Minutes is a reaction to AAA gaming. A call to think about the time we spend not really doing anything in big console games.

Richard Ogden of Red Phantom Games tells me all of this while we're leaning on a closed baggage storage hatch, leaching power for his Vita from a random socket in a Hilton Metropole corridor.

The game is a little twitchy, a little bullet hell-y, and beats out a rhythm of sharp 60-second gaming blasts.

It's about dodging and collecting, weaving through black bursts of damage-dealing energy while trying to collect strips, streams, and blobs of colour.

This isn't a finished build, but it's still a polished and sharp product. My swelling and contracting circle moves around the screen smoothly, snaffling orange lights to add to my score.

By Ogden's own admission the start of the game is a little sedate right now. It doesn't really snap into life until the seventh level, when things speed up and the shrinking and expanding mechanic comes in to play.

This lets you puff up and deflate the circle under your command. Make it bigger and you risk taking damage, make it smaller and it's likely you'll miss a lot of the energy you're trying to collect.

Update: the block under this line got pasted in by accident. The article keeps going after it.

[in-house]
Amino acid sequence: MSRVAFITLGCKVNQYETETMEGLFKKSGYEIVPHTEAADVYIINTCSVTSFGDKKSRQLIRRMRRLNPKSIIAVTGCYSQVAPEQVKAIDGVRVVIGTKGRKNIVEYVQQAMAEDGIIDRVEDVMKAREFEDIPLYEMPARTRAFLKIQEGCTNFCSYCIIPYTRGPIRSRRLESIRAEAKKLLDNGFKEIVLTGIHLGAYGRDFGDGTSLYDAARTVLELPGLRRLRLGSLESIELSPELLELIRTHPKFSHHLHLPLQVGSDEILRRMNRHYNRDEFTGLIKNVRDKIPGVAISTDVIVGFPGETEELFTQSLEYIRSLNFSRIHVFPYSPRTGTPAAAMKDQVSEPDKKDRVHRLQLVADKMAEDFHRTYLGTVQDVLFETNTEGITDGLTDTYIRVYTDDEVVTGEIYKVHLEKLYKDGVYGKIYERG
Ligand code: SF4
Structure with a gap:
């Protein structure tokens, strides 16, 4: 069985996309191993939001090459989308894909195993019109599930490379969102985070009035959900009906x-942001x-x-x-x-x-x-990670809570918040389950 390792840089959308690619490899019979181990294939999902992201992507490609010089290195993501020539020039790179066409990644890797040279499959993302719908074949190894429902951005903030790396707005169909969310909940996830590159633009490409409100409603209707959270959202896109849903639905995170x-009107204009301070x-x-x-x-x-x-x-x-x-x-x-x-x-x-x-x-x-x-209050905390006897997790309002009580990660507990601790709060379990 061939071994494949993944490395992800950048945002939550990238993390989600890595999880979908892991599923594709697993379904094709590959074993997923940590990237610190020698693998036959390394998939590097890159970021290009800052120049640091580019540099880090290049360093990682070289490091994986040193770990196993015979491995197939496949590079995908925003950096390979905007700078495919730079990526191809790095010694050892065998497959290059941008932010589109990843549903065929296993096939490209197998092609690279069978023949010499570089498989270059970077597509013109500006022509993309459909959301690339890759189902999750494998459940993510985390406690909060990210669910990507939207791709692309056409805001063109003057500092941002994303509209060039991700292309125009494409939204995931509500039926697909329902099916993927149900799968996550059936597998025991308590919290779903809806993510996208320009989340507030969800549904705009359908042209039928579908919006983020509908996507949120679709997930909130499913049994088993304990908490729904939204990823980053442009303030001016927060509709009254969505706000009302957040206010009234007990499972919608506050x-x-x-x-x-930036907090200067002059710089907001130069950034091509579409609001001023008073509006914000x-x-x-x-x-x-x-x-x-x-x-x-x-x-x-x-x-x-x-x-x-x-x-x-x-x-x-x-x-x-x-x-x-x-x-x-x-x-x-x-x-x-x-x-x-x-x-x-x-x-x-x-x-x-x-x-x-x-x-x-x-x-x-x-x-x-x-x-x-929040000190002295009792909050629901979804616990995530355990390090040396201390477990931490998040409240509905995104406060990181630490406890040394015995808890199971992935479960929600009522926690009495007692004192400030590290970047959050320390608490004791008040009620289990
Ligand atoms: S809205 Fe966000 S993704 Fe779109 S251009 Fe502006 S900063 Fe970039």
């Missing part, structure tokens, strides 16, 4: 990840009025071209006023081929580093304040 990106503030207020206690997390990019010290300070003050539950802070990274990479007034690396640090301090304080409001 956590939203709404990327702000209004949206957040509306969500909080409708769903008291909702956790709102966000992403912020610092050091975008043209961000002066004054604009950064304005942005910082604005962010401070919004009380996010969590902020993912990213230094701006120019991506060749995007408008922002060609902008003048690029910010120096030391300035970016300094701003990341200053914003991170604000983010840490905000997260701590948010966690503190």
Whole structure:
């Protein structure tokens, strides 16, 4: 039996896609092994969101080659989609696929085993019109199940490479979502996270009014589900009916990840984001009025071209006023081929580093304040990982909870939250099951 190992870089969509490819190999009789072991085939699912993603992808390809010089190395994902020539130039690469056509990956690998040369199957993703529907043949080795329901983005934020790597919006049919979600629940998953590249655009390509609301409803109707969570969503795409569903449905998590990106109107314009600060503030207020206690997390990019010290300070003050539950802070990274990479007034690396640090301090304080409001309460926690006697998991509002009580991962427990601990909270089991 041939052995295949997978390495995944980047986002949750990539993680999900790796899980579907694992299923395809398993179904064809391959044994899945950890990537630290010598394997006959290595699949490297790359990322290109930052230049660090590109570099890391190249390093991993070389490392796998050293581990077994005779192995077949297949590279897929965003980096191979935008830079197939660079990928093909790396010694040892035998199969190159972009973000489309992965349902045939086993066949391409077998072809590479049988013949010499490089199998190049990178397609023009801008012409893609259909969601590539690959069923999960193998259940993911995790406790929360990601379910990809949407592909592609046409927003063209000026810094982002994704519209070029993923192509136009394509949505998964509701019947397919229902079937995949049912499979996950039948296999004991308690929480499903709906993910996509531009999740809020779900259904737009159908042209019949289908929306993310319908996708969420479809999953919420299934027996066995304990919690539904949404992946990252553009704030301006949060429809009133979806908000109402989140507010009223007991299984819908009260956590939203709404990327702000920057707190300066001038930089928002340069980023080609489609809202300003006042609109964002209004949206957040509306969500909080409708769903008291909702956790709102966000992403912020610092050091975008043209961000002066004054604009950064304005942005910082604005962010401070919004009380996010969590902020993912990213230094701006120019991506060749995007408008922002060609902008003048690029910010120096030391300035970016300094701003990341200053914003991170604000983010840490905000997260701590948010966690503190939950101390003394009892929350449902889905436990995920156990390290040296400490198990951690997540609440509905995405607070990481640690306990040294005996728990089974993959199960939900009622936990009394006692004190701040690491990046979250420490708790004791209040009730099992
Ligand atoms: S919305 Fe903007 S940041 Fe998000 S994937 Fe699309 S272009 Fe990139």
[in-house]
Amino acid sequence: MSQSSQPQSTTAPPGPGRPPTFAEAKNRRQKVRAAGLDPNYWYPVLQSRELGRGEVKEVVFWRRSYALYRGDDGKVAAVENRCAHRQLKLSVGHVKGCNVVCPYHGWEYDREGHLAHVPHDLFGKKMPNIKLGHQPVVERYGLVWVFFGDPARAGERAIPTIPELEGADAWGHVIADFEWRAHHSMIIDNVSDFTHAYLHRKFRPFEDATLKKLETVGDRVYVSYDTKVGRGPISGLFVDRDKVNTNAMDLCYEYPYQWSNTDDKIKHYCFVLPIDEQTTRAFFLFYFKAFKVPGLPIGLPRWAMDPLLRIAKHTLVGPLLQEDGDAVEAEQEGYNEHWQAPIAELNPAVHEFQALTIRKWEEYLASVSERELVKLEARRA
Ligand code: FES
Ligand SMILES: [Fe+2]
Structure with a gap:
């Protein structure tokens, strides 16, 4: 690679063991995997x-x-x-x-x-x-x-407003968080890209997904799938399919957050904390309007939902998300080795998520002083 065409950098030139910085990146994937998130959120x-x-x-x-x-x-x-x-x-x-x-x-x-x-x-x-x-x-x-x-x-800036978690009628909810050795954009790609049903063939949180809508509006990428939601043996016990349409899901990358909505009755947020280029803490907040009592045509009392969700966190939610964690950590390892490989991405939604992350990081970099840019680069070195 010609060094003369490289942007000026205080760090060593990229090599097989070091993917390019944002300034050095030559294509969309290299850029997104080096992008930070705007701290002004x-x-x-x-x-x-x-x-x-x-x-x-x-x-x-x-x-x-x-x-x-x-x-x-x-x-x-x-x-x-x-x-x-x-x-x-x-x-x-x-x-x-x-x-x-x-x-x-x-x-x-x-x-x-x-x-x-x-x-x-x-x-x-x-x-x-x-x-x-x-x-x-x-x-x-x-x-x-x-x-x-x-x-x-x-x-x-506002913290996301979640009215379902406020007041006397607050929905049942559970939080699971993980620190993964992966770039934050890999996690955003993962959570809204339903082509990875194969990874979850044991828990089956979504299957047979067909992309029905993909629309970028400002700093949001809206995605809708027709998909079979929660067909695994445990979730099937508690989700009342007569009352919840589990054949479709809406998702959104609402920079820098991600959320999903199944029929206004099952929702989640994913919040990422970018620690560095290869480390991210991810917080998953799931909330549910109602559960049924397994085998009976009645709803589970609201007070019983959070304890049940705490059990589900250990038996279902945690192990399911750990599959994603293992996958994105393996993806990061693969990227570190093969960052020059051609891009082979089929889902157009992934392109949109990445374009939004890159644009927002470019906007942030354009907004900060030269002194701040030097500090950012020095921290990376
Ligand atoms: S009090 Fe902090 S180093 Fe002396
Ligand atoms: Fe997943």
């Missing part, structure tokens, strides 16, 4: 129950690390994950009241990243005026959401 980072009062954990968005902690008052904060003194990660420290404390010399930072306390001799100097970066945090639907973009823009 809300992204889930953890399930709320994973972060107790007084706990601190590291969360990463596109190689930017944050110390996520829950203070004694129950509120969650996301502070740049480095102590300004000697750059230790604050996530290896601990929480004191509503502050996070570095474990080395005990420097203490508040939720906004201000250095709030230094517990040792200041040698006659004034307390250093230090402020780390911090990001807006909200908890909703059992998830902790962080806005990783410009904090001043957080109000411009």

You only need to grab 50 percent to make it to make it to the next level, but there are star ratings that demand you get it all.

The short levels are the same every time you play them, so if you want to master them you'll need to learn the patterns. For the fifteen minutes I'm playing I don't manage to fully complete any.

We skip to the 47th of the 60 levels. Now there are huge beams of energy, twisting blobs with sprigs of life and death sticking out of them, and shapes that flash between percentage-adding help and damage-dealing hindrance.

Minutes crackles when it's this chaotic, a vibrant coloured haze of super-quick reactions and careful immobility. It forces you to think, and when you've only got 60 seconds that's pretty tough.

When the game lands, which will hopefully be in September, it'll be Cross Buy and Cross Save enabled. And it'll cost around a fiver. Maybe.

Ogden unplugs the Vita. He's enthused about the game, happy to talk more. Hotel staff wander past and glare, wondering why two grown men are hanging around a closed shutter.

Because video games, hotel staff. Because every minute of play is precious, and Minutes looks to be a game that understands that.